Monday 16 July 2012
Chinese Brushstrokes 1, No Dog in Cat
Sometimes the simplification of characters can be deceptive: the traditional form of māo (貓) is built on zhì (豸) whereas the simplified form reduces the number of brushstrokes by substituting the contracted form of quǎn (犬 vs. 犭) --but quǎn (犭) is not actually equivalent to zhì (豸). Quǎn is commonly called "the dog radical" and appears in numerous words, such as gǒu (狗); it is also an example of a character with no clear resemblance between its full-width form (犬) and its corresponding half-width pictogram (犭). Zhì (豸) is commonly called "the badger radical", but it actually depicts a mythological beast with no English name. Whereas most simplifications result in mutually-exclusive sets of glyphs (one traditional, the other simplified) the mainland Chinese continue to use zhì (豸) to form simplified characters (other than māo); thus, e.g., the word for panther (bào, 豹) is the same in Taiwan and in Communist China (the left-hand side being the compressed form of zhì, 豸), while the word for cat is different. Note that zhì (豸) does not contain any horizontal brushstrokes moving from left to right (only sweeping or diagonal lines, drawn from right to left); this is not obvious in fine print.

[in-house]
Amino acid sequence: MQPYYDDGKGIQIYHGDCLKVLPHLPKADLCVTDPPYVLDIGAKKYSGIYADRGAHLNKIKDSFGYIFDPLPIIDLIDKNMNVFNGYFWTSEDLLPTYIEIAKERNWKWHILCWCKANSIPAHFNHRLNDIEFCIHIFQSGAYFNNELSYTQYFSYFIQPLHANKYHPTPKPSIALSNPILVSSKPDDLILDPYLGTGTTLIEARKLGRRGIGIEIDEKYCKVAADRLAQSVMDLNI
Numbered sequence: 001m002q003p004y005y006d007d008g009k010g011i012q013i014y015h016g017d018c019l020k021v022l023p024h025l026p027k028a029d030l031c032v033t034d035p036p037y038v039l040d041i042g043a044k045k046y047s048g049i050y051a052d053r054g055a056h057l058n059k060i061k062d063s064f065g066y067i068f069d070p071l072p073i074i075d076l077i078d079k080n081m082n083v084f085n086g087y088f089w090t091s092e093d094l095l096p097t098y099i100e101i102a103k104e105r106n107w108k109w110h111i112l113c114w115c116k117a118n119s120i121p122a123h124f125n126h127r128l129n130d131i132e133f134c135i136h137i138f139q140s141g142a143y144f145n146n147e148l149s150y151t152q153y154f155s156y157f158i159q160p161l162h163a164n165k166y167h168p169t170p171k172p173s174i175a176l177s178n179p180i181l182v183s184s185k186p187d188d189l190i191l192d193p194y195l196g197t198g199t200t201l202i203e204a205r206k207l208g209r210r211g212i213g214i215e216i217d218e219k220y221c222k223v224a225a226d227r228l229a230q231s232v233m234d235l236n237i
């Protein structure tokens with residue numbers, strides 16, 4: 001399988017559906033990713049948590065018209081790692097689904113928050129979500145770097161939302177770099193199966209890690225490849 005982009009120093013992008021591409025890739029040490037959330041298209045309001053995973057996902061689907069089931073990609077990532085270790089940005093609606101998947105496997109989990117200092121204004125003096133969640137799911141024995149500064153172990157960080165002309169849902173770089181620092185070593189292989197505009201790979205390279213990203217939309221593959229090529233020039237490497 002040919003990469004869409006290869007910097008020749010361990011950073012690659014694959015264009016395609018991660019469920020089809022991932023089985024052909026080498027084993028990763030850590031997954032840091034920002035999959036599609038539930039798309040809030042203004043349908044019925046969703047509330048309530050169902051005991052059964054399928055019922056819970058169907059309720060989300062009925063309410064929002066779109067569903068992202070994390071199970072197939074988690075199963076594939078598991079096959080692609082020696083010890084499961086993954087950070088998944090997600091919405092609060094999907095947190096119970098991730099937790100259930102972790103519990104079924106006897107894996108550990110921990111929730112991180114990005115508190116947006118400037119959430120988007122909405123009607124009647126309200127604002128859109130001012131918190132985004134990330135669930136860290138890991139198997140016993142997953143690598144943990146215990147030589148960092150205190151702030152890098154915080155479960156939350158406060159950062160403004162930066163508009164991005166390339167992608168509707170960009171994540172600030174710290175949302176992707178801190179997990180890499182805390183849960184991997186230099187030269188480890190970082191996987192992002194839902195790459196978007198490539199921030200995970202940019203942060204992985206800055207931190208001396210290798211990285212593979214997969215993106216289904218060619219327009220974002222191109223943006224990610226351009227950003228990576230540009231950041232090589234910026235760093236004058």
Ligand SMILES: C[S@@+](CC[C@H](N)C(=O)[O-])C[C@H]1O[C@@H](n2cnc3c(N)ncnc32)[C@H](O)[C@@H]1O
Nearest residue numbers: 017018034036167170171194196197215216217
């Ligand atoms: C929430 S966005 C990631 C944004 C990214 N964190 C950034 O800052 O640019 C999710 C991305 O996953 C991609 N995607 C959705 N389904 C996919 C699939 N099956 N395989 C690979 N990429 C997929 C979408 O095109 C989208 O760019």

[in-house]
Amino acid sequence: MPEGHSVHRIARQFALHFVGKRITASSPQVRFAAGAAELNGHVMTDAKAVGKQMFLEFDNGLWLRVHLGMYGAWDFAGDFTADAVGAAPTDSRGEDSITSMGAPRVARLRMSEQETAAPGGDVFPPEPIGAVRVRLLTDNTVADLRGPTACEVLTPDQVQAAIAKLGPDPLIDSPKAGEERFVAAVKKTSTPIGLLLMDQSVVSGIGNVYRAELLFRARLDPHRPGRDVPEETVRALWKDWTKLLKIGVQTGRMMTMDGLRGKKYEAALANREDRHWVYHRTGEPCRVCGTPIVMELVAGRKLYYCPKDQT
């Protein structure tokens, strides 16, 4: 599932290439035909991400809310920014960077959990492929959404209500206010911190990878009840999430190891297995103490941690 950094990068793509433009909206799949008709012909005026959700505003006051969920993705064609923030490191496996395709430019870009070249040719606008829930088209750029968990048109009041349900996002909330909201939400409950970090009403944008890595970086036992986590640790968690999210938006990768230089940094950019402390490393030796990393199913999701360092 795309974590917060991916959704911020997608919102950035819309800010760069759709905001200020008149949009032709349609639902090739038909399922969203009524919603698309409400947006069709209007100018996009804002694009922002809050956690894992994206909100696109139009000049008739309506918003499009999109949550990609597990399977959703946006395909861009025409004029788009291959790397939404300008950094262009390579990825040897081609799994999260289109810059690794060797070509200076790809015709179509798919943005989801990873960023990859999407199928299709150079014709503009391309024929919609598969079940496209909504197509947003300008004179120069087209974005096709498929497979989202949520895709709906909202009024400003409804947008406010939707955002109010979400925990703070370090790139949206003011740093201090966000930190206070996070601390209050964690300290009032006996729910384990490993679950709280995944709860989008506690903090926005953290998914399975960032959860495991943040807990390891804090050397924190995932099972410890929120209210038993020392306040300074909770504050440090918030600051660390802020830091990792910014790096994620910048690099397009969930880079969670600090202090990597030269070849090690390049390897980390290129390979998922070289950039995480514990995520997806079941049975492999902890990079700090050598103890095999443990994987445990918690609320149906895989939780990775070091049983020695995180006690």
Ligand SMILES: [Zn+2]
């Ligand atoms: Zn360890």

The other half of māo (貓) is miáo (苗), most commonly used to mean "seedlings" or "sprouts" (e.g., 禾苗). Miáo is itself an elaboration of the five brushstrokes of tián (田) meaning, "field"; the symbol above the field (艹) is the so-called "grass radical", i.e., the compressed form of cǎo (艸), "grass".